The Manage Your Server Wizard starts immediately when you first boot your Windows 2003 system. Select Add or remove a role to see several role choices, including Web Application Server (IIS), as Figure 1 shows. Selecting Web Application Server (IIS) and clicking Next lets you optionally install ASP.NET and Microsoft FrontPage Server Extensions. Microsoft's new "Ask before installing anything" IIS policy is a complete about-face for Microsoft and proves the company is taking security seriously.
Using Add/Remove Windows Components proves to be more interesting. When you select Application Server and click Details, Add/Remove Windows Components displays a component list that includes Internet Information Services and some items that previous versions of Add/Remove Windows Components didn't list. Table 1, page 98, shows a comparison of IIS 6.0 and IIS 5.0's Web components. If you install IIS 6.0 from this applet, the result is a Web server that delivers only static content (unless you specify during the installation that you want to enable specific application extensions). If you select IIS and click Details, you see IIS 6.0 subcomponents, which Figure 2, page 98, shows.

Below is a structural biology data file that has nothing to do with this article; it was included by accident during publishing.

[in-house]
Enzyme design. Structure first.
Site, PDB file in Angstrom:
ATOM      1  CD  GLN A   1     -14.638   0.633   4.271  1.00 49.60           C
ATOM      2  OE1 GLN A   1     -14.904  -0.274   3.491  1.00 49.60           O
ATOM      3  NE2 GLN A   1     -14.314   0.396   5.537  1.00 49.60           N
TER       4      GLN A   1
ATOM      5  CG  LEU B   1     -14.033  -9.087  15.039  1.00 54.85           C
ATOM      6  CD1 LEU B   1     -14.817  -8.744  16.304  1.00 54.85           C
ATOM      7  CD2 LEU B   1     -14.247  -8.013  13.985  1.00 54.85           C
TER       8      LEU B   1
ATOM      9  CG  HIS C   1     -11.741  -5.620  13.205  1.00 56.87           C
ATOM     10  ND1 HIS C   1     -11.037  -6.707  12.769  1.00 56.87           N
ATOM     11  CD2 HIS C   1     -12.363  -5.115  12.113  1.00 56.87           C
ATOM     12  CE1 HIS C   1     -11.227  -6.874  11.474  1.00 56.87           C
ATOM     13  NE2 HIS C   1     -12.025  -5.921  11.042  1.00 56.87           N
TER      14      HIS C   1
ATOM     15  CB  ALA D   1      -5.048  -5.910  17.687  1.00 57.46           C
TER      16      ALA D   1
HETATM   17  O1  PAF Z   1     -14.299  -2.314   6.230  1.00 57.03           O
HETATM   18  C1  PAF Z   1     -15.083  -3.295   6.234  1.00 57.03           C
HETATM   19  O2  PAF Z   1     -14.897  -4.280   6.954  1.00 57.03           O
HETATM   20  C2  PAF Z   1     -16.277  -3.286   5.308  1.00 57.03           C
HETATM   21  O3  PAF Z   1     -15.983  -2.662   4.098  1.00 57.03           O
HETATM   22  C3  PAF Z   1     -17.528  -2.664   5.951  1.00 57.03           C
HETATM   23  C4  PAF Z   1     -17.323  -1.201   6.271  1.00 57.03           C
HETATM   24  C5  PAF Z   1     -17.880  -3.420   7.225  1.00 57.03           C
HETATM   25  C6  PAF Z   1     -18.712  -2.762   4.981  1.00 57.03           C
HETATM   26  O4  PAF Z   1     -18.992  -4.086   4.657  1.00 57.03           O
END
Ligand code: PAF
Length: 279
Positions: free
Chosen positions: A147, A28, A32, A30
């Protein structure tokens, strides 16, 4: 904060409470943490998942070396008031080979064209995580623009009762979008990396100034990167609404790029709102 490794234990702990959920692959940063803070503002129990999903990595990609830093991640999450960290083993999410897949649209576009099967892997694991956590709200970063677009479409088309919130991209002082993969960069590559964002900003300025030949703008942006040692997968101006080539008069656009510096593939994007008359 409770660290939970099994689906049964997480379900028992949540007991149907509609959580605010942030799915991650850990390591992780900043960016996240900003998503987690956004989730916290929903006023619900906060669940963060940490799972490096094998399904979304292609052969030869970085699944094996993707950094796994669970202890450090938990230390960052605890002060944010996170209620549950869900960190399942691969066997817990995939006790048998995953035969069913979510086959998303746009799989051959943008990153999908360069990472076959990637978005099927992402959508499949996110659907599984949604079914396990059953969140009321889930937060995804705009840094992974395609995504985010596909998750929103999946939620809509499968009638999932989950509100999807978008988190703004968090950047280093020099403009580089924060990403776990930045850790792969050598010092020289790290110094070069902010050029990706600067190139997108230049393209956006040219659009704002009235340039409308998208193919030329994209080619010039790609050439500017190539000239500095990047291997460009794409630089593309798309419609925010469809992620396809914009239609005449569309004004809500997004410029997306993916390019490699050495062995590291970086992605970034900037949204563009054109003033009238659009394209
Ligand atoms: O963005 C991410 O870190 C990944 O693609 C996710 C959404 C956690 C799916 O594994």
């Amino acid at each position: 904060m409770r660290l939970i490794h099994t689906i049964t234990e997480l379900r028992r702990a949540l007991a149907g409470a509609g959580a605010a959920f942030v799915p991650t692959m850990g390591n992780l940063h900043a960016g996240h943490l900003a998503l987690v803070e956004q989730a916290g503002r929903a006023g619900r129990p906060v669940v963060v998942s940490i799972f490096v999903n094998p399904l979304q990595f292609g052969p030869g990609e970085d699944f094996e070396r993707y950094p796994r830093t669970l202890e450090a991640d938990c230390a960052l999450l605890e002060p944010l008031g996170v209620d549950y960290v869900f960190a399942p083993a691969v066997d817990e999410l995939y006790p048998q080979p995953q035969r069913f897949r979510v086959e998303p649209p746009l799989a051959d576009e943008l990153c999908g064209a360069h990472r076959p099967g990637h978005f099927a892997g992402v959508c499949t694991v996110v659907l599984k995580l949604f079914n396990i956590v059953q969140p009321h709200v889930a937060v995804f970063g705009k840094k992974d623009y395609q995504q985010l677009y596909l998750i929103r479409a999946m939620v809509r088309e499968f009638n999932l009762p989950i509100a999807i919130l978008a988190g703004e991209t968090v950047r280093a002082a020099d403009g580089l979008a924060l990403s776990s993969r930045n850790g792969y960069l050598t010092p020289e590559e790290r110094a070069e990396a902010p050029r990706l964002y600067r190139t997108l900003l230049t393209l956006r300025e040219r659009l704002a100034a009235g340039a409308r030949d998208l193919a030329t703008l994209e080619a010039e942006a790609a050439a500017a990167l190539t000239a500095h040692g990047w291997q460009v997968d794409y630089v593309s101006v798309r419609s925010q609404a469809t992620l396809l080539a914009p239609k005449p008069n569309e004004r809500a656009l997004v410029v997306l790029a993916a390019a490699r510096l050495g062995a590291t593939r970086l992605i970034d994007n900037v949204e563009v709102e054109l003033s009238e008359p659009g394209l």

You might notice some new options in Table 1, but do you see what isn't there? One significant missing item is Documentation. IIS 6.0 delivers documentation entirely as a Help file—it has no IISHelp virtual directory for you to manage. In IIS 5.0, the Default Web site automatically opened the IIS documentation when you accessed the server locally. In IIS 6.0, you just see an Under Construction screen when you type